Written by Jamie Mulkey, Vice President, Client Services
I know, it sounds like a bad word; even worse, a strange disease. Actually it’s word I made up to describe idioms for successful test development practices. A test idiom, Testidiom.
What got me thinking about this?
Admittedly, I’ve just finished managing a couple of rough test development projects; read: whatever could go wrong did go wrong. They were grueling; and they didn’t need to be. I am old enough… (I should say, experienced enough. I am NOT old) to know better by now. There are just certain tasks within the test development process that must be done to create a successful test and a positive test development experience.
I started contemplating common phrases that describe those tasks and steps which must be completed for every successful test development project. With Google as my guide, I found idioms and reinvented them as test development conventions. As a reminder, an idiom is a combination of words that has a figurative meaning due to its common usage. For example, a leopard can’t change its spots. The literal combination of these words doesn’t make much sense. However, their inferred meaning gives us pause for thought in the right situation.
Here are just a few testidioms for you to ponder:
• If you put garbage in, you will get garbage out. One of my favorite catch phrases. In item development speak it means, if you give me poorly written objectives, expect to get items that are incongruent and don’t map to the objective. How many times have you gotten an objective and said, “How am I going to write an item to that???” Yep. Garbage.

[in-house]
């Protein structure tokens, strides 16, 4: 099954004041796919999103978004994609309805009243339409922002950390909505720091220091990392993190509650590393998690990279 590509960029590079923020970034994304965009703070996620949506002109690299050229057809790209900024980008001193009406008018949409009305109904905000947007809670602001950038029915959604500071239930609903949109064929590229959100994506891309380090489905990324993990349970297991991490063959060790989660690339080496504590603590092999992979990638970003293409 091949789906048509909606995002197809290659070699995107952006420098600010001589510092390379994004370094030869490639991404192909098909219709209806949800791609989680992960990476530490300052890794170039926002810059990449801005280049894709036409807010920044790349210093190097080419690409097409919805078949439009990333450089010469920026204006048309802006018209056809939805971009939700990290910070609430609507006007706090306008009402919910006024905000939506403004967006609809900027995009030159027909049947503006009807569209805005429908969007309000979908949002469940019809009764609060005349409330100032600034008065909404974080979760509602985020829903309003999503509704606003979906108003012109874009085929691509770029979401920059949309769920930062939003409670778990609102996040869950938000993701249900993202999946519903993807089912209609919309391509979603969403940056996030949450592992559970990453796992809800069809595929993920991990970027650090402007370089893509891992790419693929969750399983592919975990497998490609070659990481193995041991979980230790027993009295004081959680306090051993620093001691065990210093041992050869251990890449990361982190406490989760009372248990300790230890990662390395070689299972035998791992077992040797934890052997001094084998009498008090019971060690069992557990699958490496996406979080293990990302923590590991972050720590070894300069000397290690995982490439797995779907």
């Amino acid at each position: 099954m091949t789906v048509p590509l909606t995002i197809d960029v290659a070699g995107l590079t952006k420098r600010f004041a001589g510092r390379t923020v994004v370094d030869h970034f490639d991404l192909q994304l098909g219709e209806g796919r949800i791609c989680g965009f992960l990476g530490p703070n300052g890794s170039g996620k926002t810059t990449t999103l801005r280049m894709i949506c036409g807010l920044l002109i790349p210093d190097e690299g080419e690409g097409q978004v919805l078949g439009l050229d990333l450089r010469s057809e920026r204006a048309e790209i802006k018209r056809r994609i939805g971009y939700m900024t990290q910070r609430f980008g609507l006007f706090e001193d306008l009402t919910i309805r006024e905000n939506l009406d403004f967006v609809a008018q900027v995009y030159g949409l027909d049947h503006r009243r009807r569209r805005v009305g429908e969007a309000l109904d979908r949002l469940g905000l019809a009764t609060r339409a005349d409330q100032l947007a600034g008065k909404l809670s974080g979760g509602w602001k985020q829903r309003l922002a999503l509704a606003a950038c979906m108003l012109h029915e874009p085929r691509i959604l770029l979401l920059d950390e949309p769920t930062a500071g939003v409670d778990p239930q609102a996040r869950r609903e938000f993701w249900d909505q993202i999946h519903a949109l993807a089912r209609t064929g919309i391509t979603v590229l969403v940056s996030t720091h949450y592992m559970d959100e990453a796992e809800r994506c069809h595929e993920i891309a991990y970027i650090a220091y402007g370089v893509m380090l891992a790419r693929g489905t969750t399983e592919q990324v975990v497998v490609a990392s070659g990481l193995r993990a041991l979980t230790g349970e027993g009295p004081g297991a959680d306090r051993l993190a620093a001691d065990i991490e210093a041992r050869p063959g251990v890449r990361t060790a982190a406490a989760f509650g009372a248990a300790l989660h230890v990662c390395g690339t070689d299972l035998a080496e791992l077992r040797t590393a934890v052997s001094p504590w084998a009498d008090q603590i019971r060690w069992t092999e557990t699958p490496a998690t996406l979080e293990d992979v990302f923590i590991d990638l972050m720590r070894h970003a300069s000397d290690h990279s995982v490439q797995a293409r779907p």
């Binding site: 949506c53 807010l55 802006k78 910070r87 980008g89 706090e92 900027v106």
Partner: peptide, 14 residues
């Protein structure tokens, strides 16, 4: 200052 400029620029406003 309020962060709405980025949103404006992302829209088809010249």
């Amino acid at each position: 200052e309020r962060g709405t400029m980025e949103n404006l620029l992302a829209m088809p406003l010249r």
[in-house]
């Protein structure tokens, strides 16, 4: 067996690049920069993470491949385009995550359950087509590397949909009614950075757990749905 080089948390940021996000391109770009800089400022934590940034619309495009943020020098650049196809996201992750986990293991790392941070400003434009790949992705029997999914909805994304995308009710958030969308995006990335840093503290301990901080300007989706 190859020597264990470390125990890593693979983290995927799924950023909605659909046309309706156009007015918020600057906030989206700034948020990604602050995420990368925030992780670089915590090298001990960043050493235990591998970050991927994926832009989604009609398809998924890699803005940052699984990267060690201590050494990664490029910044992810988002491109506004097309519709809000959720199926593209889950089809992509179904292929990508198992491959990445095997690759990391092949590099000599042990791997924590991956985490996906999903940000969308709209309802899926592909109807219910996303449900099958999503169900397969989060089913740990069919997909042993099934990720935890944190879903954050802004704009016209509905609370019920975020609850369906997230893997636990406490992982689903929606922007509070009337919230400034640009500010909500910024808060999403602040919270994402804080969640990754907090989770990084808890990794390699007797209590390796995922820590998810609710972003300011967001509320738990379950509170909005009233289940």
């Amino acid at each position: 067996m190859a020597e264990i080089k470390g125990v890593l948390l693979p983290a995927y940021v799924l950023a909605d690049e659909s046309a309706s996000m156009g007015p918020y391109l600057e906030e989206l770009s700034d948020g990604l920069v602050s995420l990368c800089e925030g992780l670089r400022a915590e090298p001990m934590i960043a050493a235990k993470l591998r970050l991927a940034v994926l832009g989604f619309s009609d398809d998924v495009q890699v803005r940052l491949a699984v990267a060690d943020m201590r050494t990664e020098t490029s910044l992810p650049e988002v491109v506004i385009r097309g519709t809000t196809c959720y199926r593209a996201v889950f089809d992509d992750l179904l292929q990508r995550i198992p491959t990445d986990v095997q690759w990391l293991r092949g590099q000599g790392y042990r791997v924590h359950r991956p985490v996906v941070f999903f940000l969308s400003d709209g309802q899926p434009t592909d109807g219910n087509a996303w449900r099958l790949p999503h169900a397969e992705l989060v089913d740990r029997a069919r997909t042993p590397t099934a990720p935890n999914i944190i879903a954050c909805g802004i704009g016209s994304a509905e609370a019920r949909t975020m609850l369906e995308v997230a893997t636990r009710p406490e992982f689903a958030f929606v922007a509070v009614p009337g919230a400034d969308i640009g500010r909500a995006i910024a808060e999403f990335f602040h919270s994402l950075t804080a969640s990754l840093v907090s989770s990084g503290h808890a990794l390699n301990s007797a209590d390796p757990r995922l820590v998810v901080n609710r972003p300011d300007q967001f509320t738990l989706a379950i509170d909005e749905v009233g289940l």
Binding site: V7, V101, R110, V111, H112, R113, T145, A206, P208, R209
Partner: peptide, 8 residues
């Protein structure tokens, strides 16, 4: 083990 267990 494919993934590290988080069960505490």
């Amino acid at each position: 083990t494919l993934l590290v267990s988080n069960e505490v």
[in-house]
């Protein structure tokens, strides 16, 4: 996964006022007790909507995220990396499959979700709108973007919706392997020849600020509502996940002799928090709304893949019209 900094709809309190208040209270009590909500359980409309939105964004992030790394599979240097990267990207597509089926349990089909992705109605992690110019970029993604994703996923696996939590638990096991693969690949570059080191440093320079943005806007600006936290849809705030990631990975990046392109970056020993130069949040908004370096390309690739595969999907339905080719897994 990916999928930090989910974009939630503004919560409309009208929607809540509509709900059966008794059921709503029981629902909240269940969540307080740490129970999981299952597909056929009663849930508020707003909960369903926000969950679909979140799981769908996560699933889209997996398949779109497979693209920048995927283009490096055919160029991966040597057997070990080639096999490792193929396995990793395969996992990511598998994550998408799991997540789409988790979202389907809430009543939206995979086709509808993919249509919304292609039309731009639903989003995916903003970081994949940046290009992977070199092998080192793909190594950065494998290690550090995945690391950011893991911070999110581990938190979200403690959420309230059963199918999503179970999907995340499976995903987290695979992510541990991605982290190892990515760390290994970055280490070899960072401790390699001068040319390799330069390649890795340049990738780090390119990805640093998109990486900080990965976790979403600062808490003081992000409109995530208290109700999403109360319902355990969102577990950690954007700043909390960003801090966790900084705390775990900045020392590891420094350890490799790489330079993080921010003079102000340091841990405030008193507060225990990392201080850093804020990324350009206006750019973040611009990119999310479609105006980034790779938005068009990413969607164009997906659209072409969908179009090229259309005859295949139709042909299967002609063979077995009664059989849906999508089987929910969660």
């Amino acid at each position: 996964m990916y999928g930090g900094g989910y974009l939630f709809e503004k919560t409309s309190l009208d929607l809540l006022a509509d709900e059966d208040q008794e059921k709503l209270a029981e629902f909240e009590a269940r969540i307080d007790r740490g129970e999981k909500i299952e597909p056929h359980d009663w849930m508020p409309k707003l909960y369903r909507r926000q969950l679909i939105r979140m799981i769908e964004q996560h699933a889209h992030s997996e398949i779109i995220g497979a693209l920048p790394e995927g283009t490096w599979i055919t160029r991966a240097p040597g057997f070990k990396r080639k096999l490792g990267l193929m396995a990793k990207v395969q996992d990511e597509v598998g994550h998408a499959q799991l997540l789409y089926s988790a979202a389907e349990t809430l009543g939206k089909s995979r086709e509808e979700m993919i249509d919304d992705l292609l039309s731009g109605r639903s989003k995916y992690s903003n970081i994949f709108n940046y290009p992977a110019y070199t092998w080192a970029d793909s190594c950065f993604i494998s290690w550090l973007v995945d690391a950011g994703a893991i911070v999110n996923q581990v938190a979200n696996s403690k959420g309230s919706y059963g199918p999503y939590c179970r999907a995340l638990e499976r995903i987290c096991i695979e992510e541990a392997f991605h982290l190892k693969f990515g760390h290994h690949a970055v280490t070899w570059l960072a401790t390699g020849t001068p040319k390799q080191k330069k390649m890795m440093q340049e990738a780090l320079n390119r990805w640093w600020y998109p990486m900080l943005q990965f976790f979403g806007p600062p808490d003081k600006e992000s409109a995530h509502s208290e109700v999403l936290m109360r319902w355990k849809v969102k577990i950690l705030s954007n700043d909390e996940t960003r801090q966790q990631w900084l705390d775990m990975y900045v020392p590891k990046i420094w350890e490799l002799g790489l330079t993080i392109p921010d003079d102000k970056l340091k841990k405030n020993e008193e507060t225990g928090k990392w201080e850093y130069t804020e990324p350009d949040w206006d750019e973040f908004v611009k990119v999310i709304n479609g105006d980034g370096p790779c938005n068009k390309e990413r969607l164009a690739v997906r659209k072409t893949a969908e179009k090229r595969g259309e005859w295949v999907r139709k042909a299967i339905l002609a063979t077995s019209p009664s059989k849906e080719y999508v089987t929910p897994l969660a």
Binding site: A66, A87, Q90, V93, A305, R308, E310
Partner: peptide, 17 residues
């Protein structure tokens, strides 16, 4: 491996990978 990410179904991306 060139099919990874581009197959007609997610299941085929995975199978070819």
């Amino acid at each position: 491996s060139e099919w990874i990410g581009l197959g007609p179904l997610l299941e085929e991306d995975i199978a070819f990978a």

• Count your items before they hatch. Meaning, you have a test blueprint; use it! If you follow your test blueprint as a guide, you will have the exam coverage you need to cover the content. Don’t let your SMEs decide how many items they will write and the content they will cover. Make sure SMEs have item writing assignments so that the exam’s content properly covers the domain being tested.
• Put all your items into one basket. Picture this: items coming from various SMEs, in different file formats, with item numbering gone wild. It’s too painful to think about. How are you going to get those items into a single repository; making sure all items have been submitted, without any duplicates? Put them into one tool up front. You can make your test development process more efficient with a SME-accessible item banking tool.
• Too many project managers spoil the test. It’s probably best to have a single, overall project manager. One person must ensure that project milestones are met. When you have too many project managers, it’s hard to determine what has already been done and who did what.
• They use the oldest tricks in the book. (Using none of the above, all the above, true/false, negatively worded stems) It never fails. No matter how many times I train a new SME and warn them about the perils of using these poor item formats, low and behold, they show up in the first version of their items. Really??
Do you have a favorite testidiom to share? Send me a note. Let me know your tried-and-true principles for successfully developing tests. Maybe, together, we can come up with a testidiom compendium.